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The Innovation, Dispersal and Use of Ceramics in NW Eurasia

Periodic Reporting for period 3 - INDUCE (The Innovation, Dispersal and Use of Ceramics in NW Eurasia)

Reporting period: 2019-09-01 to 2021-02-28

What is the problem/issue being addressed?
This project (INDUCE) represents the first systematic investigation of the origins, use and spread of hunter-gatherer pottery across NW Eurasia. After decades of research, the decoupling of agriculture and the production of pottery vessels in many areas of the world has resulted in a new wave of thinking to understand when and why hunter-gatherers made and used pottery containers and how the technology dispersed over vast regions. Identifying the origin and determining the use of pottery vessels in pre-agricultural societies continues to challenge archaeologists and these questions are now key issues in Eurasian archaeology. There is little understanding of the environmental and cultural contexts that led to the emergence of pottery or the timing and dynamics of its westward dispersal, nor its legacy following the introduction of food production. Addressing these significant lacunae in Eurasian prehistory is the motivation for this proposal. Focusing on the region between the Ural mountains and the Baltic Sea, INDUCE will explore this phenomenon, generating significant new data on the origins and function of forager pottery culminating in an alternative narrative for the ‘Neolithisation’ of Europe.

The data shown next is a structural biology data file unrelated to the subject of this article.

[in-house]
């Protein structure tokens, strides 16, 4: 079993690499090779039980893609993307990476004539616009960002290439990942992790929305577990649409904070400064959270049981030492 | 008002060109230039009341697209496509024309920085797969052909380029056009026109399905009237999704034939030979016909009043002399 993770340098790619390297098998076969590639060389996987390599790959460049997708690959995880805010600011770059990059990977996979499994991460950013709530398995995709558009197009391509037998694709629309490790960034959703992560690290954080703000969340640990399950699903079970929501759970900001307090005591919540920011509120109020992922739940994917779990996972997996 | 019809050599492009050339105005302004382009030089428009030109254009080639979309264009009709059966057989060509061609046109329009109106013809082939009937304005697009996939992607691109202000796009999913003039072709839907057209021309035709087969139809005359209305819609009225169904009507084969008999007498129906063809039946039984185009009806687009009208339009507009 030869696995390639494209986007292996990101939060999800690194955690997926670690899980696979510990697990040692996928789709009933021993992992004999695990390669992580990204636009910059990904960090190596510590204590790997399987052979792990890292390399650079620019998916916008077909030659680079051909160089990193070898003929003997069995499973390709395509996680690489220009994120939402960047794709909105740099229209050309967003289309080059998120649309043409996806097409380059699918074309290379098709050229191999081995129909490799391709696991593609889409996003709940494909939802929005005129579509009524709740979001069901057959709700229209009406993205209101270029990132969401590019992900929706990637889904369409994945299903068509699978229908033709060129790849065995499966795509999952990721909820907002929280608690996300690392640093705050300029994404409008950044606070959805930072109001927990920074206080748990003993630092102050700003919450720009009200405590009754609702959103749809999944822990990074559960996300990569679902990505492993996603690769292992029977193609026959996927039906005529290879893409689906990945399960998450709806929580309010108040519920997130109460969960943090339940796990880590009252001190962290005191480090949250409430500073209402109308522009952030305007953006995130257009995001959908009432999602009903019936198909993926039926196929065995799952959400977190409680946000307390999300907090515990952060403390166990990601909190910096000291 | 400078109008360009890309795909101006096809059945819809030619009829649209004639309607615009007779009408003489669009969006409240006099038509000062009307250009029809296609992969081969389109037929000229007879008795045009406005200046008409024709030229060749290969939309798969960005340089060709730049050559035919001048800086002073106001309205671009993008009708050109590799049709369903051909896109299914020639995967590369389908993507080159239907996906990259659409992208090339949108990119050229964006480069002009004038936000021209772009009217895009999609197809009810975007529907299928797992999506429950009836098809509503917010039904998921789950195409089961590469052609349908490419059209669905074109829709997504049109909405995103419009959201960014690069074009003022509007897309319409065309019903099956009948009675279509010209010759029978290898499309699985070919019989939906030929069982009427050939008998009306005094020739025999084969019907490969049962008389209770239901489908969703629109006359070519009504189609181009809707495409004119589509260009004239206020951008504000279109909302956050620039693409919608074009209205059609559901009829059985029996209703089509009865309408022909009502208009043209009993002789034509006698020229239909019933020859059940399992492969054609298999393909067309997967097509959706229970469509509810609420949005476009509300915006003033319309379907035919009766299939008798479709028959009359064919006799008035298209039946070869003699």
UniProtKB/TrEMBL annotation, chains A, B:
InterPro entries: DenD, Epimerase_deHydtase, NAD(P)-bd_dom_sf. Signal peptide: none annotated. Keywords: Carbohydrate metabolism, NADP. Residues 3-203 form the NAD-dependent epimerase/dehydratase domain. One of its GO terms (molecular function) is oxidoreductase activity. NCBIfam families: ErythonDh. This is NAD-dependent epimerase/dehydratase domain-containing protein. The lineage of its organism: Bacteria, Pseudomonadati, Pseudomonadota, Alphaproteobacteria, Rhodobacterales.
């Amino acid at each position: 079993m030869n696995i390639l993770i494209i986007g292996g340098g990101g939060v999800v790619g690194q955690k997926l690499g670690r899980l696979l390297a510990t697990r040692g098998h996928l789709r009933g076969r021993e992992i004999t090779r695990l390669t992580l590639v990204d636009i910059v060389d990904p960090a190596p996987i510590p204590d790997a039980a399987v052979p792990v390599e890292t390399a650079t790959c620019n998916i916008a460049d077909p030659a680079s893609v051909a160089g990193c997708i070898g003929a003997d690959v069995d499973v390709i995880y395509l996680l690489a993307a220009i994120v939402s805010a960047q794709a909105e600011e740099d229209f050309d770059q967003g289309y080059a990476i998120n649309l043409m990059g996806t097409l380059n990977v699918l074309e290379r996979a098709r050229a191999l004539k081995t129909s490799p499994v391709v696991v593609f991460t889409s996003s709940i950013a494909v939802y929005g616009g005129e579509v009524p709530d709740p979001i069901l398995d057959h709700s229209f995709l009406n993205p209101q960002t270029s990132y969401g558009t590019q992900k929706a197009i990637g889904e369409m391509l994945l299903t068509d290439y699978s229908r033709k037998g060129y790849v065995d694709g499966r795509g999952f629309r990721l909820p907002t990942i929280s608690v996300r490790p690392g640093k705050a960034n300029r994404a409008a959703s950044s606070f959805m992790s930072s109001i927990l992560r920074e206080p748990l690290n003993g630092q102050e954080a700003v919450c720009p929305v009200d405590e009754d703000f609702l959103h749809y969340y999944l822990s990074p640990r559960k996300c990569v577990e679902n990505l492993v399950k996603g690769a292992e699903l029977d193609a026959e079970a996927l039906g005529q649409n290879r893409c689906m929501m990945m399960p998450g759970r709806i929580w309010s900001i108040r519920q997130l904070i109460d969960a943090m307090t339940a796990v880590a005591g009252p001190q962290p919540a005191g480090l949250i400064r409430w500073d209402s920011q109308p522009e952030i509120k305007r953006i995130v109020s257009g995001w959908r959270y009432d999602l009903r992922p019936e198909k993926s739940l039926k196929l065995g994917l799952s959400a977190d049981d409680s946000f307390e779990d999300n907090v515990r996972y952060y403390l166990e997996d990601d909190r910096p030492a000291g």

INDUCE (The Innovation, Dispersal and Use of Ceramics in North-west Eurasia) is led by the British Museum (BM), the University of York (UoY) and the Centre for Baltic and Scandinavian Archaeology (ZBSA), Schleswig, Germany. The project is investigating the origins, adoption and use of pottery vessels by hunter-gatherers across a landmass from the Urals to the Baltic. This is the first time that a systematic approach has been applied to the use of pottery containers by hunter-gatherer-foragers. The project aims to revolutionise our understanding of this area of hunter-gatherer technology, in terms of use, dispersal and chronology.

This research is showing that hunter-gatherer ceramics provide an exceptional source of biomolecular information, allowing detailed reconstruction of vessel contents. Crucially, the project includes hundreds of radiocarbon (AMS) dates that will be generated to develop a much better understanding of the orgins and dispersal of pottery vessels. We are also building on technological and typological similarities in hunter-gatherer ceramics across the study region, allowing dispersal trajectories to be proposed.

Why is it important for society?
The project is a case study in technological choice, process and change. This project represents an unprecedented opportunity to enhance dialogue between archaeologists in countries across the nine countries in the study area, in particular in the role that groundbreaking laboratory science can play in building a clearer understanding of past human action. More widely, this prompts a fresh look at the cultural origin of Europeans. Our research is beginning to show that hunter-gatherers from Northern Europe played a much wider role to the development of prehistoric Europe than hitherto acknowledged.